Fagus langevinii Manchester et R.M.Dillhoff

Plant Fossil Names Registry Number: PFN002734

Act LSID: urn:lsid:plantfossilnames.org:act:2734

Authors: S. R. Manchester & R. M. Dillhoff

Rank: species

Reference: Manchester, S. R. & Dillhoff, R. M. (2004): Fagus (Fagaceae) fruits, foliage, and pollen from the Middle Eocene of Pacific Northwestern North America. – Canadian Journal of Botany 82: 1509–1517.

Page of description: 1510

Illustrations or figures: figs 1–4


Holotype UWBM 97583, Burke Museum of Natural History and Culture, University of Washington, Seattle, Washington, USA
Figures: fig. 1A

Note: Paratypes: UWBM 7433, 97584–97589, UCC F349 (cupules), UWBM 97603, 97590, 97591 (nuts), UWBM 97598 (twig bearing leaves), UWBM 97592–97597, 97599–97602, UF 26087, 42584, 42585 (leaves), housed in the Burke Museum (UWBM), Seattle, Washington, University College of the Cariboo, Kamloops, British Columbia, Canada (UCC), and the Florida Museum of Natural History (UF), Gainesville, Florida.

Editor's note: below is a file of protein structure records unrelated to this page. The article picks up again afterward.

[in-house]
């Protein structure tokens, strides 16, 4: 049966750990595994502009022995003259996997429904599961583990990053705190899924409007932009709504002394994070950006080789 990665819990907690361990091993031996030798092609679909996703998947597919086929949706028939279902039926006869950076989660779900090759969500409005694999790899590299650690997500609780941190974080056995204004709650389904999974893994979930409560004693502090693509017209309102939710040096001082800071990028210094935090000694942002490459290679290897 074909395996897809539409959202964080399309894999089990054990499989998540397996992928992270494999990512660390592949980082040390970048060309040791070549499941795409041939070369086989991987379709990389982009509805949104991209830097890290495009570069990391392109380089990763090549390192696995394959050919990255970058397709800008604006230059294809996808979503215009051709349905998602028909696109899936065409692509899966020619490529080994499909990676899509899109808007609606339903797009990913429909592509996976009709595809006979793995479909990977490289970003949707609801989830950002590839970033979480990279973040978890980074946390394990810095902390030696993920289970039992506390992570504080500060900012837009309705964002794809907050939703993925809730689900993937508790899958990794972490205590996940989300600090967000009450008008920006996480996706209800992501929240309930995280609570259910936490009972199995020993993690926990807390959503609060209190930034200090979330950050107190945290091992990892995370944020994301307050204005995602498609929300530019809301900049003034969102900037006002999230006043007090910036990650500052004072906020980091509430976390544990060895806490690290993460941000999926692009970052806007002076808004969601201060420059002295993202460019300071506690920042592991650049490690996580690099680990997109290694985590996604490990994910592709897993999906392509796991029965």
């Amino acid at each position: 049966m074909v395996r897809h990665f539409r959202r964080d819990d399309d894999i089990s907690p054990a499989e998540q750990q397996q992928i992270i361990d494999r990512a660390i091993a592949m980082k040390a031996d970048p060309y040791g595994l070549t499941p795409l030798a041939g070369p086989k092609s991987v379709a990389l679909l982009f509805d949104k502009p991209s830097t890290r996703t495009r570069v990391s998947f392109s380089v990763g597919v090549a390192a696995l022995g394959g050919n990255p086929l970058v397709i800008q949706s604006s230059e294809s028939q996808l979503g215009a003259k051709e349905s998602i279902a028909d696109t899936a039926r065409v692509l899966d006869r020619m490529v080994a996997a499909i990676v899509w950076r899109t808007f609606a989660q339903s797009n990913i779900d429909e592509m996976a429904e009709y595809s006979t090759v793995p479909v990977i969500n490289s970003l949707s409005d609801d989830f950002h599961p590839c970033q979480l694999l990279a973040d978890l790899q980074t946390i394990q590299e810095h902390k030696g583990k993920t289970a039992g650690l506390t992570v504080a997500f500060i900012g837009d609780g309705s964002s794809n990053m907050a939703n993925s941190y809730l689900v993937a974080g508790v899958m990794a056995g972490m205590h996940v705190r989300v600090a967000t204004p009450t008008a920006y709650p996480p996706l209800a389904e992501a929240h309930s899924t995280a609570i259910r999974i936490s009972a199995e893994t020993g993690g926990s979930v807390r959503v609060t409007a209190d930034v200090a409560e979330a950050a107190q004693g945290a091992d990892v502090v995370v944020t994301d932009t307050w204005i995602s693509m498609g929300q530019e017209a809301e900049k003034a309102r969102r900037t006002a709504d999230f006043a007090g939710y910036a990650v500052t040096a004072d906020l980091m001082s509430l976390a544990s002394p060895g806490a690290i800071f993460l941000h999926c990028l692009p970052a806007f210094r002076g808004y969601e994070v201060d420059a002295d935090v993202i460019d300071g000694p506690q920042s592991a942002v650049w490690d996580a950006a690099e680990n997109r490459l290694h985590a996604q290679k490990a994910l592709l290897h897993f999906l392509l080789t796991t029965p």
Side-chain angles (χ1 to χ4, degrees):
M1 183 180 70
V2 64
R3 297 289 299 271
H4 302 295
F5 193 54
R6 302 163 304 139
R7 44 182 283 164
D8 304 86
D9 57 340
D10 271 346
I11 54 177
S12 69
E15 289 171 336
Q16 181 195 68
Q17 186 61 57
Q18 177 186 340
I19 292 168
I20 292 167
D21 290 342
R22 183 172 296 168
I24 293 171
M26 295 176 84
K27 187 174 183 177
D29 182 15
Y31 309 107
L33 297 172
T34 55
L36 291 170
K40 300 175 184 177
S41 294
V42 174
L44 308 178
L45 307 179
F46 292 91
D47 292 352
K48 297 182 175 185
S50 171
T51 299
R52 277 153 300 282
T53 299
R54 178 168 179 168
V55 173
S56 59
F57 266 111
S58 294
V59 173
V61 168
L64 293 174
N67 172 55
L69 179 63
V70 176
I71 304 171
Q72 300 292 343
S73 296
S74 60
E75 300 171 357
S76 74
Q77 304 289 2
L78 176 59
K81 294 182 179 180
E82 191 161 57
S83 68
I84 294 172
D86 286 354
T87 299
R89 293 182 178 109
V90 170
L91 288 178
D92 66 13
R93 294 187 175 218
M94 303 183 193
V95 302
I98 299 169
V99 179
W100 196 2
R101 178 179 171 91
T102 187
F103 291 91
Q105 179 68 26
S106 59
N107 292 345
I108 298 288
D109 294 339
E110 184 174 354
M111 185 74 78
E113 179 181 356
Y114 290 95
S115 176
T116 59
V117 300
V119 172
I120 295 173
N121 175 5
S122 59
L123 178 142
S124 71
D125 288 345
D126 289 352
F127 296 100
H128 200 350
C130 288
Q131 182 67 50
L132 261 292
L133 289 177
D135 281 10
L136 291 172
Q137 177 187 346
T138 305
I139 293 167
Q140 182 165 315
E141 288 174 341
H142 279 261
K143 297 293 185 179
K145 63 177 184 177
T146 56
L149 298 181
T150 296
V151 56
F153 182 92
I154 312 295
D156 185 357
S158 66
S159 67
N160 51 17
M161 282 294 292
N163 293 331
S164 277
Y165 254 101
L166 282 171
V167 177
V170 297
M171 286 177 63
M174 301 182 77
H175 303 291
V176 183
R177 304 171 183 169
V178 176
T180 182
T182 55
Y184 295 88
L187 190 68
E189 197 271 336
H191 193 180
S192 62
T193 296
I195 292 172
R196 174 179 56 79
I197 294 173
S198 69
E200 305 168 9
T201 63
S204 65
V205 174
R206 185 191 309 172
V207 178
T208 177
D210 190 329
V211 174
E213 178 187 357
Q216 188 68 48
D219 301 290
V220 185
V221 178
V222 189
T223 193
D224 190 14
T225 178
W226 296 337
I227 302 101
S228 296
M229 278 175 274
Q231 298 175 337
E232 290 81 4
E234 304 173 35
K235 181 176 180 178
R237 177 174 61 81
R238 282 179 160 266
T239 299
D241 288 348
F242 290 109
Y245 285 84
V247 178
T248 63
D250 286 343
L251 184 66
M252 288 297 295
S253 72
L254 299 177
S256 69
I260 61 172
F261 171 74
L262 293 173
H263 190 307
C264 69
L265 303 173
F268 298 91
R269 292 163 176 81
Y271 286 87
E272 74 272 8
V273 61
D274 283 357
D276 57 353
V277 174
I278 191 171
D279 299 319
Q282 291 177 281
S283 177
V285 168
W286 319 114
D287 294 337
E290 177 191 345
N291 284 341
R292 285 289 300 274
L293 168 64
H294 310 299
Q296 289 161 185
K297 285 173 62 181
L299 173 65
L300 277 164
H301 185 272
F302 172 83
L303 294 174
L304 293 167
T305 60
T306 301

Original diagnosis/description

Pedunculate cupules. Cupule ovate, composed of four ovate valves fully enclosing two trigonal nuts. External surface with spiny appendages occasionally bifurcate near tip. Peduncle long (up to 2.5 times as long as the cupule), thickened near junction with cupule. Nuts triangular in cross section, ovate, elliptical, to obovate in face view, with a narrow wing or flange developed along the three angles of the nut. Sepals arising from apex of nut and surrounding the three styles.


This species is named to honor David Langevin whose love of the McAbee site has lead to the discovery and conservation of numerous important fossil specimens.


Paleogene, Eocene
middle Eocene


McAbee locality, situated at N50°47.818′ W121°08.568′ near the town of Cache Creek, British Columbia

Plant fossil remain

macro- and meso-fossils-embryophytes except wood


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